Maisonneuve, one of France's leading jurists, after offering
closing argument in a case that could lead to the dissolution of
client - Scientology, France.
Le Figaro, France
Lawyer for Scientology Attacks Position of France
Patrick Maisonneuve knows what he's doing. In fact, he is such an expert that he
offered an international dimension. A mini-world tour of cleverly chosen
destinations which permitted him to show the extent to which France is taking
an isolated stance on the issue."
The defense's closing speech was
Scientology's last chance and lawyer Maisonneuve threw every argument he had to
try and convince the court. After prosecution's closing argument on Monday, which
would amount to the death penalty for Scientology in France since it demands the dissolution of
its two flagship structures - the star of the Paris Bar did everything he could
to defend the organization. It was a perilous mission, as the indictment which accused
Scientology of nothing less that carrying out a monumental organized group fraud
was still clear in people's minds.
But Patrick Maisonneuve, who was
the organization's champion in 1996 during a major trial in Lyon, knows what he's
doing. In fact, he is such an expert he offered an international dimension. A mini-world
tour of cleverly chosen destinations which permitted him to show the extent to
which France is taking an isolated stance on the issue. He reminded everyone
that Scientology is registered as a religion in the United States, Portugal,
Quebec and, as of 2008, in Spain.
'FRAUDSTERS WITHOUT MAKING MONEY!'
“And as for us, we'll burn L.
Ron Hubbard's books in the Cour de la Sainte-Chapelle! [the entryway to
the Palais de Justice or Hall of Justice]” he cried, pointing out that
the court would be on its own if it judged members of this organization as
being part of a commercial enterprise. He emphasized that the United States,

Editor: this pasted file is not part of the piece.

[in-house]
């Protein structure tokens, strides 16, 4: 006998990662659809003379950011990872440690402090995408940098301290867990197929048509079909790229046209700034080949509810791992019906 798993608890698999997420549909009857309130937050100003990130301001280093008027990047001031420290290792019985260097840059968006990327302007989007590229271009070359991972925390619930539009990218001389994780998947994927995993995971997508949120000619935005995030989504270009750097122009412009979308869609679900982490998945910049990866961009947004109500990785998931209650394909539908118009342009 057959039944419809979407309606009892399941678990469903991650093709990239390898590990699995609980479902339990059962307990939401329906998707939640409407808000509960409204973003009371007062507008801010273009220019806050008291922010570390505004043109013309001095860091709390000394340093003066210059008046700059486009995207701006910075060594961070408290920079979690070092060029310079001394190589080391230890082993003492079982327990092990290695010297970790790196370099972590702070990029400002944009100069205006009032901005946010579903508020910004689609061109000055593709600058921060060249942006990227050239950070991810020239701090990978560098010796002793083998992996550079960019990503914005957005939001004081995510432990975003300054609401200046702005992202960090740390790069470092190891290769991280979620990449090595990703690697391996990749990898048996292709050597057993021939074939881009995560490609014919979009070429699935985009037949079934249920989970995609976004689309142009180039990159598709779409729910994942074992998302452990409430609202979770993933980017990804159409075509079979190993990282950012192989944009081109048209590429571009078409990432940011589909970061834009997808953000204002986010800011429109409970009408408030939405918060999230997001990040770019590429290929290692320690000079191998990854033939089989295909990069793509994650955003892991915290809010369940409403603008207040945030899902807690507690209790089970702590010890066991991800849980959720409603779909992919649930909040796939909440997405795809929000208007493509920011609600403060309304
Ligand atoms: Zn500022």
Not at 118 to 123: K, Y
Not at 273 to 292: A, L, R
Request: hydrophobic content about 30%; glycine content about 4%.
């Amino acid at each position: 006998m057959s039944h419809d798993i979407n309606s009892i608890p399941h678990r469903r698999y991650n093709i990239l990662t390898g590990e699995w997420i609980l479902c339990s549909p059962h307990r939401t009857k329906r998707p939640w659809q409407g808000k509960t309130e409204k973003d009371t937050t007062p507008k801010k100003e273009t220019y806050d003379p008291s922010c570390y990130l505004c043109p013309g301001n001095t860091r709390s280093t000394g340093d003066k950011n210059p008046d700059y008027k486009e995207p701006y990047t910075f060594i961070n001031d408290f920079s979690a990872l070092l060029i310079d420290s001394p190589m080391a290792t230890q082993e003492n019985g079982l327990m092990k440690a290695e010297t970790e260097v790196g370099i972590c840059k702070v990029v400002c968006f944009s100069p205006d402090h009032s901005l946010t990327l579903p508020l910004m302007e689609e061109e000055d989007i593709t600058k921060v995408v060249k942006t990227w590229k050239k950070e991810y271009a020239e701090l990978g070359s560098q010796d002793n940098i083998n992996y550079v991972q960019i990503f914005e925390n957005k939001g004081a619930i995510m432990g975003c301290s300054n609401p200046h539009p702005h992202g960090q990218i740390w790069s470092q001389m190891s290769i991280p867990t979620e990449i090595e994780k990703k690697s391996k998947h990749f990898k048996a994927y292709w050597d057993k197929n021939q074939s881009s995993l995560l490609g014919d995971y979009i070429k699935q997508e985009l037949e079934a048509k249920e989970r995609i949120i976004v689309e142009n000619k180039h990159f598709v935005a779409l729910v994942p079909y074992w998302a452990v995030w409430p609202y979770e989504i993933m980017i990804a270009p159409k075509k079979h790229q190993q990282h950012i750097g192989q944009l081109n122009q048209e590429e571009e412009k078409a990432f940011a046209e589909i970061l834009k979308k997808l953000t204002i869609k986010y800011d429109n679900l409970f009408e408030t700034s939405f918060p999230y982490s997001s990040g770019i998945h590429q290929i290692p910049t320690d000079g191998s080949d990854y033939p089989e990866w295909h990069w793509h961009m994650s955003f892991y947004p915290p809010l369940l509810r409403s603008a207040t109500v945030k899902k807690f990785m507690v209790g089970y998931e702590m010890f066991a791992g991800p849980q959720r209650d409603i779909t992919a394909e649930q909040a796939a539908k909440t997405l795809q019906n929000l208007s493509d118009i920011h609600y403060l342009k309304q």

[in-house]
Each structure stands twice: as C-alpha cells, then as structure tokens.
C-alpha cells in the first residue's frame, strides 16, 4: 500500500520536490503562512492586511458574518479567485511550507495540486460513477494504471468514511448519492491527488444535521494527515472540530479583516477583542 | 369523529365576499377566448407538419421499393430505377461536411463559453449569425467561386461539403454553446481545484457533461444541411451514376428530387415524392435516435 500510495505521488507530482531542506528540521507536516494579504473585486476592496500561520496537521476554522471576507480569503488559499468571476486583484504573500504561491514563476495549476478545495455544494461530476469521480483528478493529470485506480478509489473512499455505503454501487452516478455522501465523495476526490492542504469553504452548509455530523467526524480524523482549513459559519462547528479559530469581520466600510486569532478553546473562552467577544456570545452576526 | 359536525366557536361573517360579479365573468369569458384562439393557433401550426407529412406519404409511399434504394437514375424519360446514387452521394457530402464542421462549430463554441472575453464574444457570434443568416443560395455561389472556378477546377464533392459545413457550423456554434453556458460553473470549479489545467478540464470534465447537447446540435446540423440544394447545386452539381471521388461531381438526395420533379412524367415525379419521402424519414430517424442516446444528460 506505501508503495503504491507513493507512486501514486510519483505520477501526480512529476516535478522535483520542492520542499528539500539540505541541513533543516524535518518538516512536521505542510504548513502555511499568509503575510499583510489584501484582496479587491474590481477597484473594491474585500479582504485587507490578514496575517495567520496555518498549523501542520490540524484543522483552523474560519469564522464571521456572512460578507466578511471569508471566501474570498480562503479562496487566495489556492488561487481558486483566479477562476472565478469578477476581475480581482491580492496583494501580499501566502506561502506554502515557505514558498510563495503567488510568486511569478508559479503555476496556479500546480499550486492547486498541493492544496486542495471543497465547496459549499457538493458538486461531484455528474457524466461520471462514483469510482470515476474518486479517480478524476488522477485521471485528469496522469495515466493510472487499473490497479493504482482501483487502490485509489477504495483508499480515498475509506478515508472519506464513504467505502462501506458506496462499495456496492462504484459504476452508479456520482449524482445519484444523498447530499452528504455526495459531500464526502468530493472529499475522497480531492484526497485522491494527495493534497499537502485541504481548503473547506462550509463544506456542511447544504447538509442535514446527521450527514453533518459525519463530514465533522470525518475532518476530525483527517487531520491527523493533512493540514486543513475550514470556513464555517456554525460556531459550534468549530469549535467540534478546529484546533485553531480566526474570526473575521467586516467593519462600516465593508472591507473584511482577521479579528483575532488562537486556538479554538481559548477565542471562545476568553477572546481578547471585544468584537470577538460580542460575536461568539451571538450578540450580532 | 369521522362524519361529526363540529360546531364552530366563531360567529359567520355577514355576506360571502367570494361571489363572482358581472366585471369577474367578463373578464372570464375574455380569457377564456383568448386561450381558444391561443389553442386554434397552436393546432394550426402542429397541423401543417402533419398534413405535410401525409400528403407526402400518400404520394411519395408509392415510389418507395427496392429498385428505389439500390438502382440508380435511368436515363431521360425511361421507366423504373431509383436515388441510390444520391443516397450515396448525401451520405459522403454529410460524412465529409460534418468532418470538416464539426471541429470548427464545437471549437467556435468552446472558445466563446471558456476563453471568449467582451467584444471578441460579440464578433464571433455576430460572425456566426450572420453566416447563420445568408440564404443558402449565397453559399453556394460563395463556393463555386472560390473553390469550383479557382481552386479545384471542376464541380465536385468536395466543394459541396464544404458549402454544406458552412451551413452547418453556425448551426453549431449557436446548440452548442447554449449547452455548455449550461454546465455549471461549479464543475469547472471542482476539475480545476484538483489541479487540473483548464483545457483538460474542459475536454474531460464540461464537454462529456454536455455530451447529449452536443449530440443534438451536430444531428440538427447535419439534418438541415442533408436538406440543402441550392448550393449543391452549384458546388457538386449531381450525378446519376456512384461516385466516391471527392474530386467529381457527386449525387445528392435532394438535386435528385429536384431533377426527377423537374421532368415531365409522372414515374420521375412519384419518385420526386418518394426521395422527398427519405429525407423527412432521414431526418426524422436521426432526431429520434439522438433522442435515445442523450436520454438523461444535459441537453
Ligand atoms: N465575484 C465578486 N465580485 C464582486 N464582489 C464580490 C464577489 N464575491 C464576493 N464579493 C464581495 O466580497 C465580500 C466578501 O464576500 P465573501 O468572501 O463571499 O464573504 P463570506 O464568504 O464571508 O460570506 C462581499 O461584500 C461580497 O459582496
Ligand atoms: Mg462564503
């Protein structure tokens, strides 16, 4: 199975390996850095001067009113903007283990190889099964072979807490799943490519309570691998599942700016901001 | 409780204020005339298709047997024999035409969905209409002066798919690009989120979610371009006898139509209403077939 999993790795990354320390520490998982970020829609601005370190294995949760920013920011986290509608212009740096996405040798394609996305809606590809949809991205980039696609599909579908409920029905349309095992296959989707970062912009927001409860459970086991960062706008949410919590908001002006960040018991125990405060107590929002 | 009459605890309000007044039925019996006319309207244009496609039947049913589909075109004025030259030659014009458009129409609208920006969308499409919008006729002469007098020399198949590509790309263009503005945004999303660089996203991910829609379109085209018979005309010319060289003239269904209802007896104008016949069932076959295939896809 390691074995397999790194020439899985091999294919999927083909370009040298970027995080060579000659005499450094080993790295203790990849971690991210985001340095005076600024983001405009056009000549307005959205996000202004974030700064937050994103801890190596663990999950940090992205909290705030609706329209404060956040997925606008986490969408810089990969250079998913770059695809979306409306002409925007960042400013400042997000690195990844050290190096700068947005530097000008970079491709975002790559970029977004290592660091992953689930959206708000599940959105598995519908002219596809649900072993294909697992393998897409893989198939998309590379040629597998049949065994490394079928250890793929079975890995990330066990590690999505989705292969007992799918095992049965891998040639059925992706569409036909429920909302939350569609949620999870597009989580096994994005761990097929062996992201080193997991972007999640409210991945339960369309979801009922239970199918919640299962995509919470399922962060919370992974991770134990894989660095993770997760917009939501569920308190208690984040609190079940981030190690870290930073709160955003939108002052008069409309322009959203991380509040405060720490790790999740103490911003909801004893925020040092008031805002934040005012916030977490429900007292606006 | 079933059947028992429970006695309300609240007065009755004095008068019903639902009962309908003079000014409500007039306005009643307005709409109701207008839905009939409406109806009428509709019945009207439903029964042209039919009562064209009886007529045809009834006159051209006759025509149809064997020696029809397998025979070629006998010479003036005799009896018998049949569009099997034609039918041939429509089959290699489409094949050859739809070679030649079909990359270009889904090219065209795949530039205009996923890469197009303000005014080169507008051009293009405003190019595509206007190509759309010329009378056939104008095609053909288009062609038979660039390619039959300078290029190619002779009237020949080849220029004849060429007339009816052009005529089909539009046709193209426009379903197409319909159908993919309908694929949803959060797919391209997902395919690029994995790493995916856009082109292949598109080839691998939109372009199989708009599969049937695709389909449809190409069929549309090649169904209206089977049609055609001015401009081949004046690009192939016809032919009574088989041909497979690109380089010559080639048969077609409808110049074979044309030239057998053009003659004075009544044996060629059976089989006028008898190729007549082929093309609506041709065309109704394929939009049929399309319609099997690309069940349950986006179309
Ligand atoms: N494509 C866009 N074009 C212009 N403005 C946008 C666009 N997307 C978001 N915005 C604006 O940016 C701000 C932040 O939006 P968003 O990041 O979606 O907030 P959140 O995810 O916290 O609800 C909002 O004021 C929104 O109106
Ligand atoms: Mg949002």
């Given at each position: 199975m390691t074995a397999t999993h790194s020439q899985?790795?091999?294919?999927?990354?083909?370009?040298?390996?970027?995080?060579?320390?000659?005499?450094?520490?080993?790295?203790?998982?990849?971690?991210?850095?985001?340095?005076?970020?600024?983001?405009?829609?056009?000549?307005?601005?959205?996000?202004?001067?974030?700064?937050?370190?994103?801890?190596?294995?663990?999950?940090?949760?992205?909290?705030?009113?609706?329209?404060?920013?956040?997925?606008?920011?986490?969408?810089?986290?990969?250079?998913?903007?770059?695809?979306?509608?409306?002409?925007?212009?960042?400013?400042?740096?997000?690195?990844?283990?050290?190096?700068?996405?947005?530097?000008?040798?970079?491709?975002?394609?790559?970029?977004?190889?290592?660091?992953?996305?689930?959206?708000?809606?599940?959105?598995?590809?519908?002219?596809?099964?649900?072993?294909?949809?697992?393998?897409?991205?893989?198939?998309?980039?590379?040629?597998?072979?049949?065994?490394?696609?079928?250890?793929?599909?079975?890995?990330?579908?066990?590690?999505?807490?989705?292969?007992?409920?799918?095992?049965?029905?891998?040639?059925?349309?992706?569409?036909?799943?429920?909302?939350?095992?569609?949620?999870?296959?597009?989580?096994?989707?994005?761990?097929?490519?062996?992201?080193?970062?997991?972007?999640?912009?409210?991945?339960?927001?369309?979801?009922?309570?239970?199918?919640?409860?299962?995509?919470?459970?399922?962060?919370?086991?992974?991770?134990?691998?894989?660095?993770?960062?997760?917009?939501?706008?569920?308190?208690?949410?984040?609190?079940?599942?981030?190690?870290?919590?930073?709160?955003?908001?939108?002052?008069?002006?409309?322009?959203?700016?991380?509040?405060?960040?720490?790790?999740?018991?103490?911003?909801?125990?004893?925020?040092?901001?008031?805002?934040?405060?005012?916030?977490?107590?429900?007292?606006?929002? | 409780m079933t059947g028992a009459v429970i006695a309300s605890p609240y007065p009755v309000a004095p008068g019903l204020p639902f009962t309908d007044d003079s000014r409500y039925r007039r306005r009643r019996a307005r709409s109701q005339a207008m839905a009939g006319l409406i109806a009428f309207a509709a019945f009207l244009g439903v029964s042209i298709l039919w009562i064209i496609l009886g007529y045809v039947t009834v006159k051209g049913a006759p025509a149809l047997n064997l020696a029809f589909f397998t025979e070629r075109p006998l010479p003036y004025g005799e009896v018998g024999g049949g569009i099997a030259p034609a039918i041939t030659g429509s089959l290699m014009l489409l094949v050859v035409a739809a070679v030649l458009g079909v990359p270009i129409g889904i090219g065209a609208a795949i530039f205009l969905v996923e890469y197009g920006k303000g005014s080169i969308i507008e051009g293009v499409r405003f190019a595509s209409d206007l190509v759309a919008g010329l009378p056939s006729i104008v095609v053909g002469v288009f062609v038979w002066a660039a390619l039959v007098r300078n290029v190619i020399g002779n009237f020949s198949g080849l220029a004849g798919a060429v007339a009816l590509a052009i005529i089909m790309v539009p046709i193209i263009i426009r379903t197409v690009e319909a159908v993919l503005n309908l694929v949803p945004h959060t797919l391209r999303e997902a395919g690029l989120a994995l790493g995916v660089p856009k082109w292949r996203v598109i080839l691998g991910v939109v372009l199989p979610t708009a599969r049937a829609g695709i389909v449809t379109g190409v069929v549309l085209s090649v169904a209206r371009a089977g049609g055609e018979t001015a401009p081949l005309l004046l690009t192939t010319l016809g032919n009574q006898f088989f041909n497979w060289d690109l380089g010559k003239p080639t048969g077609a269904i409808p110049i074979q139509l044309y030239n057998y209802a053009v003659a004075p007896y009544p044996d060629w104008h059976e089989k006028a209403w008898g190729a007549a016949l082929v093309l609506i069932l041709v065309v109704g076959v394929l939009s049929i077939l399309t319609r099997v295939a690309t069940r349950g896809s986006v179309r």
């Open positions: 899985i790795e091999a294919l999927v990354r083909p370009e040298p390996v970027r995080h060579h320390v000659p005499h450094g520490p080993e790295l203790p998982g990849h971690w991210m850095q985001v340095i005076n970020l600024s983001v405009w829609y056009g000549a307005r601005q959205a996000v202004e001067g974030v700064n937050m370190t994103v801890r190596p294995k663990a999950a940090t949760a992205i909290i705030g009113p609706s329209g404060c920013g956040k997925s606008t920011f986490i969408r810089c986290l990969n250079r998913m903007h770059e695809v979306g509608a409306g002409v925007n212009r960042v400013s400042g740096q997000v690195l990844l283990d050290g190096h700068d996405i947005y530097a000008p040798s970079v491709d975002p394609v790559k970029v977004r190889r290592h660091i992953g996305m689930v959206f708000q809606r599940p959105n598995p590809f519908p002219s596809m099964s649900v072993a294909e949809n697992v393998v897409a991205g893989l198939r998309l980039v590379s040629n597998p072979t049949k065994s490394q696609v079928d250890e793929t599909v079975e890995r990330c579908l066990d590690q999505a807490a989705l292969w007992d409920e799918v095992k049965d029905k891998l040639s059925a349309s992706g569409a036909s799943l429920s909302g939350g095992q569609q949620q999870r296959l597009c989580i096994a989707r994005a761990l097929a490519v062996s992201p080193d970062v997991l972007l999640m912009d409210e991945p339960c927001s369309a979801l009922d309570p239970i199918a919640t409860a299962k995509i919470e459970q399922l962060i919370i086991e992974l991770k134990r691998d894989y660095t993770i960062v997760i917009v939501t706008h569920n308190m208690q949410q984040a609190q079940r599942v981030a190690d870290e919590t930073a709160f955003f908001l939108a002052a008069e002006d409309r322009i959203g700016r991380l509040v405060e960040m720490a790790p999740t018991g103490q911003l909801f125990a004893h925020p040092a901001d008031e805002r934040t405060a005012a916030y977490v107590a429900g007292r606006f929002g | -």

Sweden, Italy, South Africa and Austria have all ruled that Scientology isn't a
Returning to the charges
leveled in France, Maisonneuve wanted to spare the court a lengthy closing defense
argument to bring over three weeks of debate to a close. He preferred instead
to give targeted insights, focusing on issues he deemed essential. Money, first
of all. In this respect, the Scientologists in whose homes absolutely no money
was found were congratulated tongue-in-cheek by the defense attorney. “They're
extraordinary. They are swindlers without ill-gotten gain!”
Then the personality test, presented as the fatal weapon, the method utilized
to systematically capture new clients [the "electromer," picture
left]. The members of the organization were once again praised by their lawyer.
“They are fraudsters who set up a bogus test - and yet these fraudsters continue
to take this test themselves,” he screeched. An argument that, it must be said,
is quite nettlesome to the prosecution's case.
These Scientologists who, according
to the accusations, trap their victim using all sorts of tricks - the test, the
electrometer (a machine that measures emotions), saunas that last four hours to
purify the body and soul - seem, therefore, to have trapped themselves by carrying
out these practices. During this trial, which was “extremely tense and carried
out very much in the public eye,” Mr. Maisonneuve, who even managed to relax
the atmosphere a bit and make people laugh occasionally, attempted to correct
Scientology's image, which was badly undermined by the prosecution. The court
will deliver its verdict on October 27.
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